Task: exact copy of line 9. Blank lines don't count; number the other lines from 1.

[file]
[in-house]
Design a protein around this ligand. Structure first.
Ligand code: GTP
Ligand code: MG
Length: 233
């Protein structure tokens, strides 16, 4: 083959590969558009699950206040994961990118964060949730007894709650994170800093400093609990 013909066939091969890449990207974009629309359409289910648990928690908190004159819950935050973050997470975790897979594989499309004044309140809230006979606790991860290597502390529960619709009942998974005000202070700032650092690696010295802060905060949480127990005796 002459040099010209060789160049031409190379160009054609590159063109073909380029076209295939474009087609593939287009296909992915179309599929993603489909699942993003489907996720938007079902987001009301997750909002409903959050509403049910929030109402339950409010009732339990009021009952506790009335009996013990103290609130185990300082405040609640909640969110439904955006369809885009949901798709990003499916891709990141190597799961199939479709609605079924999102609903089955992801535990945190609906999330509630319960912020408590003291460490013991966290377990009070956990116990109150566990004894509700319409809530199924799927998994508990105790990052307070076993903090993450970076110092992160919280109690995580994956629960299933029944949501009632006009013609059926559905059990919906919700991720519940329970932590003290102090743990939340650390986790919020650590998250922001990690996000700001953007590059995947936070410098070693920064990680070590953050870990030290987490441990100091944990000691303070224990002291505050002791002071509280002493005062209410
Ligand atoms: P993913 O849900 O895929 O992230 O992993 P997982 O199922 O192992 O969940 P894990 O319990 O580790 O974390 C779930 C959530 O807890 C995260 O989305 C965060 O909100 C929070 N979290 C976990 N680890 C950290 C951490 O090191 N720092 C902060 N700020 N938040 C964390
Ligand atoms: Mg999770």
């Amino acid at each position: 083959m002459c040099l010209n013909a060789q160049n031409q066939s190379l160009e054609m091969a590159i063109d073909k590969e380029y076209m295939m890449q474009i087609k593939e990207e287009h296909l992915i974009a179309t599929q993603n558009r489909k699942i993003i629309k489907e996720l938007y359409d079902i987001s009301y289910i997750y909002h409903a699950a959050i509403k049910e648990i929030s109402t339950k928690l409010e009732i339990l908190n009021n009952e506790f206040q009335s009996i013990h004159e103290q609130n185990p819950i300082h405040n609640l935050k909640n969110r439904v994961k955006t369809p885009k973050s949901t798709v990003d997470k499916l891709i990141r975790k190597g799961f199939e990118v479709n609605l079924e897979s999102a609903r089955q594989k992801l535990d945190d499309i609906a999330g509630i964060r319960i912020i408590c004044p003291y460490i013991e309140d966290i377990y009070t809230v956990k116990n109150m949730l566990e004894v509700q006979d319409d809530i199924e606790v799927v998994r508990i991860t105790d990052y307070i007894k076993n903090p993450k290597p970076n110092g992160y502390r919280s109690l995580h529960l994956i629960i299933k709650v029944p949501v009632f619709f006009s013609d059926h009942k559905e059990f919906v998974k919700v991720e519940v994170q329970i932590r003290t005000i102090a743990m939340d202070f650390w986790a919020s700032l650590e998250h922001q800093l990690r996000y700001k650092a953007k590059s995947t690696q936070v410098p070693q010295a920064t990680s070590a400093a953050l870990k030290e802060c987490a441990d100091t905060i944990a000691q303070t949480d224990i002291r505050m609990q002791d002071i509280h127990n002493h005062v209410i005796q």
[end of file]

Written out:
């Amino acid at each position: 083959m002459c040099l010209n013909a060789q160049n031409q066939s190379l160009e054609m091969a590159i063109d073909k590969e380029y076209m295939m890449q474009i087609k593939e990207e287009h296909l992915i974009a179309t599929q993603n558009r489909k699942i993003i629309k489907e996720l938007y359409d079902i987001s009301y289910i997750y909002h409903a699950a959050i509403k049910e648990i929030s109402t339950k928690l409010e009732i339990l908190n009021n009952e506790f206040q009335s009996i013990h004159e103290q609130n185990p819950i300082h405040n609640l935050k909640n969110r439904v994961k955006t369809p885009k973050s949901t798709v990003d997470k499916l891709i990141r975790k190597g799961f199939e990118v479709n609605l079924e897979s999102a609903r089955q594989k992801l535990d945190d499309i609906a999330g509630i964060r319960i912020i408590c004044p003291y460490i013991e309140d966290i377990y009070t809230v956990k116990n109150m949730l566990e004894v509700q006979d319409d809530i199924e606790v799927v998994r508990i991860t105790d990052y307070i007894k076993n903090p993450k290597p970076n110092g992160y502390r919280s109690l995580h529960l994956i629960i299933k709650v029944p949501v009632f619709f006009s013609d059926h009942k559905e059990f919906v998974k919700v991720e519940v994170q329970i932590r003290t005000i102090a743990m939340d202070f650390w986790a919020s700032l650590e998250h922001q800093l990690r996000y700001k650092a953007k590059s995947t690696q936070v410098p070693q010295a920064t990680s070590a400093a953050l870990k030290e802060c987490a441990d100091t905060i944990a000691q303070t949480d224990i002291r505050m609990q002791d002071i509280h127990n002493h005062v209410i005796q």